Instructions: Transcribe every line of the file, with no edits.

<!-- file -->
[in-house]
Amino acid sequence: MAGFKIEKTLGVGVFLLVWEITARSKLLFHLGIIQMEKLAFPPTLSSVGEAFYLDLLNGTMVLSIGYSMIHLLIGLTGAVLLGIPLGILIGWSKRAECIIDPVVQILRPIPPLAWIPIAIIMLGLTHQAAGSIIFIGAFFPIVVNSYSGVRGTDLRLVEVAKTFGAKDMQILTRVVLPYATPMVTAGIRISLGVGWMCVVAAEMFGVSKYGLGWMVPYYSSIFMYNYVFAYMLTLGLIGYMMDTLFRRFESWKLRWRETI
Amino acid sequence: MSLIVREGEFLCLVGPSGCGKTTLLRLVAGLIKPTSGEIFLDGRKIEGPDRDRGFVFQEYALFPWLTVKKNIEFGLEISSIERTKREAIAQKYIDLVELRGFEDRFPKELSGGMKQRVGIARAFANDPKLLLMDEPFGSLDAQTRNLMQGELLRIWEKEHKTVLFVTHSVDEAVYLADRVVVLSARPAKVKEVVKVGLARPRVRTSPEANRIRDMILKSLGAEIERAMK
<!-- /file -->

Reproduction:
[in-house]
Amino acid sequence: MAGFKIEKTLGVGVFLLVWEITARSKLLFHLGIIQMEKLAFPPTLSSVGEAFYLDLLNGTMVLSIGYSMIHLLIGLTGAVLLGIPLGILIGWSKRAECIIDPVVQILRPIPPLAWIPIAIIMLGLTHQAAGSIIFIGAFFPIVVNSYSGVRGTDLRLVEVAKTFGAKDMQILTRVVLPYATPMVTAGIRISLGVGWMCVVAAEMFGVSKYGLGWMVPYYSSIFMYNYVFAYMLTLGLIGYMMDTLFRRFESWKLRWRETI
Amino acid sequence: MSLIVREGEFLCLVGPSGCGKTTLLRLVAGLIKPTSGEIFLDGRKIEGPDRDRGFVFQEYALFPWLTVKKNIEFGLEISSIERTKREAIAQKYIDLVELRGFEDRFPKELSGGMKQRVGIARAFANDPKLLLMDEPFGSLDAQTRNLMQGELLRIWEKEHKTVLFVTHSVDEAVYLADRVVVLSARPAKVKEVVKVGLARPRVRTSPEANRIRDMILKSLGAEIERAMK